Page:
Forwarded to me, by Jeff Huggins, this email, that was sent to him by a relative, who got it from someone else:
Global Warming and the Courts
Last year, the 9th U.S. Circuit Court of Appeals pushed itself into the debate on climate change, ruling that the National Highway Traffic Safety Administration must take into account the “risks of global warming” when it sets mileage standards for trucks, minivans and SUVs. In doing so, however, “Justice Betty Fletcher and her colleagues on the bench demonstrated they have little expertise in climate science,” writes atmospheric physicist and Independent Institute Research Fellow S. Fred Singer.
According to Singer, drawing upon research documented in the forthcoming report by the Nongovernmental International Panel on Climate Change, the computer models used to determine the human impact on climate change are deeply flawed, and have been wholly inaccurate and unreliable in predicting such phenomena as the cooling of the tropical troposphere. Furthermore, “greenhouse warming has been significantly overestimated” and “might amount to no more than one-half of 1 degree Celsius by 2100, well within the climate’s normal range of ups and downs.” Singer argues that the “variability of solar emissions and solar magnetic fields” provides a more plausible explanation for climate changes than human carbon emissions. Finally, it is doubtful that even a massively invasive and costly government program will have much of a measurable impact on global temperature. Singer concludes that “the Justice Department should appeal the 9th Circuit’s ruling to the Supreme Court. . . . This time around, the White House should be better prepared to argue its case. Science is on its side.”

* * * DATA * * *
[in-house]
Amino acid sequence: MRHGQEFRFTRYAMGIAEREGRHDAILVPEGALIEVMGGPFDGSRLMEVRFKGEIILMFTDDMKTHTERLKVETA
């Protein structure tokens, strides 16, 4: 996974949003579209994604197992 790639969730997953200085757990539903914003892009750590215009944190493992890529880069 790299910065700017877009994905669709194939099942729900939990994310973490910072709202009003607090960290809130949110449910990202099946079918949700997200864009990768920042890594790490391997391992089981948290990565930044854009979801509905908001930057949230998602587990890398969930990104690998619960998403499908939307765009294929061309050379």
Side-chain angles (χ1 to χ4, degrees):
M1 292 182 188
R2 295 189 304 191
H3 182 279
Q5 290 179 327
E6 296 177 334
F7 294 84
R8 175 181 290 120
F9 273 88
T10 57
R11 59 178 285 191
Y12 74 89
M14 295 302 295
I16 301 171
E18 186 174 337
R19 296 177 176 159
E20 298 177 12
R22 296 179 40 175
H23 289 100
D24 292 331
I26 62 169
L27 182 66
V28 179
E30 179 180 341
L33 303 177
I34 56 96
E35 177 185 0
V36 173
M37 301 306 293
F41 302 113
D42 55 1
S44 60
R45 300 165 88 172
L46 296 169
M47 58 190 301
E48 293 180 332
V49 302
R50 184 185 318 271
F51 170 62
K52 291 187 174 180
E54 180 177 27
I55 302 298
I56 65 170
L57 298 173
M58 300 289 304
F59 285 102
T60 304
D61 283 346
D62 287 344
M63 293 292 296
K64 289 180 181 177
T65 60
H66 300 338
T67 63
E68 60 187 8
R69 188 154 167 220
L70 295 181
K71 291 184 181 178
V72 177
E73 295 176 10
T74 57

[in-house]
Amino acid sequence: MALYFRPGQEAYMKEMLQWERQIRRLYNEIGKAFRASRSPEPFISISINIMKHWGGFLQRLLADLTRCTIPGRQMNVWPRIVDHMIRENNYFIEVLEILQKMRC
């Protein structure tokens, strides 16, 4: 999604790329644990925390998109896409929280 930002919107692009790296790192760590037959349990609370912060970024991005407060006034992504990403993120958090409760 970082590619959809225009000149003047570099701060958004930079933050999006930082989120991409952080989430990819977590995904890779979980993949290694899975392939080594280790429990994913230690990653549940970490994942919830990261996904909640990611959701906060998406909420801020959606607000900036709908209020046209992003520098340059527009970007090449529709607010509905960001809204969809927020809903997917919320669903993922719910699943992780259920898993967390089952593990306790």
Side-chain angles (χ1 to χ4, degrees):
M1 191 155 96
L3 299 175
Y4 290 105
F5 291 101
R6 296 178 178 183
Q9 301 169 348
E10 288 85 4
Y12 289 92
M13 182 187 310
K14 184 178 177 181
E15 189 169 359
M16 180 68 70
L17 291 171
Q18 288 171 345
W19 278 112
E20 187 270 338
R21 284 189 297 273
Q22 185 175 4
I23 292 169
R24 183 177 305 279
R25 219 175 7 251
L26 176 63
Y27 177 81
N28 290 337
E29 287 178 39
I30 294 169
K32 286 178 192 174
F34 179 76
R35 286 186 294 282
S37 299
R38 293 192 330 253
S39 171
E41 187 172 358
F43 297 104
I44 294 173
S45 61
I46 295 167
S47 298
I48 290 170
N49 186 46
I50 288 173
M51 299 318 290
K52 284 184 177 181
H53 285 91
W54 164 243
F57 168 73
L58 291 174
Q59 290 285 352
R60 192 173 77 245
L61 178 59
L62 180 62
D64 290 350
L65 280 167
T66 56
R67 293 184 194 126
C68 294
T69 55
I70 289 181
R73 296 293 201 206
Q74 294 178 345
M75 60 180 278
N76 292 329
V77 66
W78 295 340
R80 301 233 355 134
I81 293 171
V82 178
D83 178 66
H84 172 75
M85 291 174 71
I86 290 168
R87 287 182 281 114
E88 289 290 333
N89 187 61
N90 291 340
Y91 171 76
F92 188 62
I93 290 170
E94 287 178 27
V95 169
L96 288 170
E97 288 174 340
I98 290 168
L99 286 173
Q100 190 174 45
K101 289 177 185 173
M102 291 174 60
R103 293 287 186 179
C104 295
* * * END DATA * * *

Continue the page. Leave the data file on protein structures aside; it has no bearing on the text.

“Courts Confront Climate Change“ by S. Fred Singer. (Washington Times, 1/24/08.)
Also see the transcript and DVD from An Evening with Michael Crichton “States of Fear: Science or Politics?”
Buy Hot Talk, Cold Science: Global Warming’s Unfinished Debate by S. Fred Singer.
How is that for Not So Green Exposure? For a second, I considered providing the links for the sources in the email. For a second only.